Interview with

Victor Araujo

Name: Victor Lage de Araujo
Nationality or Ethnicity: Brazilian, mixed ethnicity, predominantly caucasian.
Where do you live?: Currently living at Salvador City, BA state, Brazil.
Languages: Portuguese, English, French, Spanish, German, Dutch, Russian, Italian.

1. What’s your story? How did you get into all these languages?


I started French and English at Elementary Schools, both in a public school and on private courses. I Started German when I was at the University (Medicine – 1983-88), at Goethe Institute. Back then, it was the old German Orthography. I learned Russian basics (Russian alphabet + basic self-presentation) at about 1988. For that I used a book + cassettes course “Русский язык для всех” “Russian Language for all” – I bought it in a low-cost Russian subsidised bookstore.


I learned Spanish at a later time (started in 2008) because I believe it might grow important due to the “promise” of MERCOSUL. Brazil is still not the Leader of South America as I had expected, but I got the taste of it. I restarted it at 2010 when I started my efforts to certificate my language proficiencies. Since then, I have been making a personal effort to certificate languages on minimal B2 level (I have already certified C2 standard in English, C1 in French and Spanish, and B2 in German). I am still carrying efforts on the German Course at Goethe. As of 2020, I will have finished the C2-3 level at Goethe (The course reaches C2-4), And I intend to Certify at least C1 CEFR as soon as the COVID-19 epidemic allows. As I needed at least C1 English certification to start the MSc Evidence-Based Healthcare I finished (2018) at UCL London < >, that was my first C2 certification.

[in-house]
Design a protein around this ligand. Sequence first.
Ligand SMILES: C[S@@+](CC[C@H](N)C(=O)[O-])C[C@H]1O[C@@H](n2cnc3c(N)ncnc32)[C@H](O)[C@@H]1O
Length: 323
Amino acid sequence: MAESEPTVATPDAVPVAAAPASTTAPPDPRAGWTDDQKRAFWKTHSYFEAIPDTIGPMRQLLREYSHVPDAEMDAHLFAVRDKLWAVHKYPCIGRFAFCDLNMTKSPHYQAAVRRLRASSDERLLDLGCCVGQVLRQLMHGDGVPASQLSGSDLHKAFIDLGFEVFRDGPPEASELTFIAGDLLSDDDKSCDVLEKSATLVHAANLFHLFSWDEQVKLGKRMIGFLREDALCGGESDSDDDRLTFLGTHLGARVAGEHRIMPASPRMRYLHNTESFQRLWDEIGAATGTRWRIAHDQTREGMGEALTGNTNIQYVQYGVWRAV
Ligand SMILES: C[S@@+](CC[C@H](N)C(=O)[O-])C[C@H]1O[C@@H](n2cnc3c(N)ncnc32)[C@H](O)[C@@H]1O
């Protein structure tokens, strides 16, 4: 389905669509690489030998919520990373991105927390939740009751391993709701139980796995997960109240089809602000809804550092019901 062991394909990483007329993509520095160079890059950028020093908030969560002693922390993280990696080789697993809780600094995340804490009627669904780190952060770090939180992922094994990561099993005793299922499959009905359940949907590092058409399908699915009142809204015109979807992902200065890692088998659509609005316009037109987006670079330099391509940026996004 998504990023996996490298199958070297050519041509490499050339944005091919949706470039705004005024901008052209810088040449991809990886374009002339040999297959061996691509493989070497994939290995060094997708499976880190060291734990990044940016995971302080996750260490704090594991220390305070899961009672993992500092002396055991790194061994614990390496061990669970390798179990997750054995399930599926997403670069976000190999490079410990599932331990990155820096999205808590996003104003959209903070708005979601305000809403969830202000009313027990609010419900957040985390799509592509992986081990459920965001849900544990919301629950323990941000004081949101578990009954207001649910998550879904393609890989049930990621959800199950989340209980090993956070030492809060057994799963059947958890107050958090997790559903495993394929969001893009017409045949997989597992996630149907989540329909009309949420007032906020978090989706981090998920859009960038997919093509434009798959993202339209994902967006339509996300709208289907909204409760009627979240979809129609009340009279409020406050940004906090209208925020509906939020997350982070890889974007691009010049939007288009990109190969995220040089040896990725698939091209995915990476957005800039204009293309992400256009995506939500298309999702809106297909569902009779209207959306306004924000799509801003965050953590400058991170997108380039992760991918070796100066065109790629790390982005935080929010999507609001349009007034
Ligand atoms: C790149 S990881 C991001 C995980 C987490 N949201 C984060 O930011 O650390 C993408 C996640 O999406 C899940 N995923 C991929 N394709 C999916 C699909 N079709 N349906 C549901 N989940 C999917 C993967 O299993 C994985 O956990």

I had one year of essential Italian learning, then stopped. However, I still learn it now n then, by reading watching films on Netflix and e-books/audiobooks from Amazon. At UCL, I became aware that they are offering an online Dutch course, so I reached Intermediary 2 in 2018 (about B2 CEFR). This year (2020), I restarted, and I have just finished a Medical Dutch course at C1 CEFR (I still have no certification, though). I intend to carry out certification on, at least, Italian, Dutch and ultimately Russian.


2. Which language(s) do you wish you could spend more time practising?


I try to give practical use to all my language:

 I am studying a MA Translation at Open University <>,

 I answer the CDC monthly parasitology cases <>, and I carry on Continuous Medical Education at two Spanish Clinical Chemistry organisations, the AEFA < > and SEQC. <>.  I intend to go on with a similar medical education program on Medical Dutch at <>.  And I love to watch movies at Netflix® movies, always switching different audio/subtitling combinations.

Russian is the language I wish I had a better opportunity of practising, so this year I found a helping tutor at Wyzant. We are going on A2 level right now. I am now 55 years old, so I decided to Retire and start my own business of Polyglot translation and Scientific writing. I do read the occasional medical study in Italian for practice – reading comes easy because of the similarity to other Latin languages. However, I wish also to give some time to better know the metalinguistics.



3. What are some languages you’d like to learn in the future?


Functional NMR studies evidenced language learning as a potent brain activator, so I wish I can keep learning all my life. I would be glad to acquire any further language. In particular, Scandinavian languages such as Danish and Norwegian tongues appeal to me. And Baltic languages – Some enterprises that offer Computer-Assisted Translation (CAT) are Czech, so that might be a strategic language to learn. Perhaps Chinese and/or Japanese when I get retired, in about four to five years.


4. So let’s be honest, what’s the sexiest language?


I have no doubt about that: it is Russian!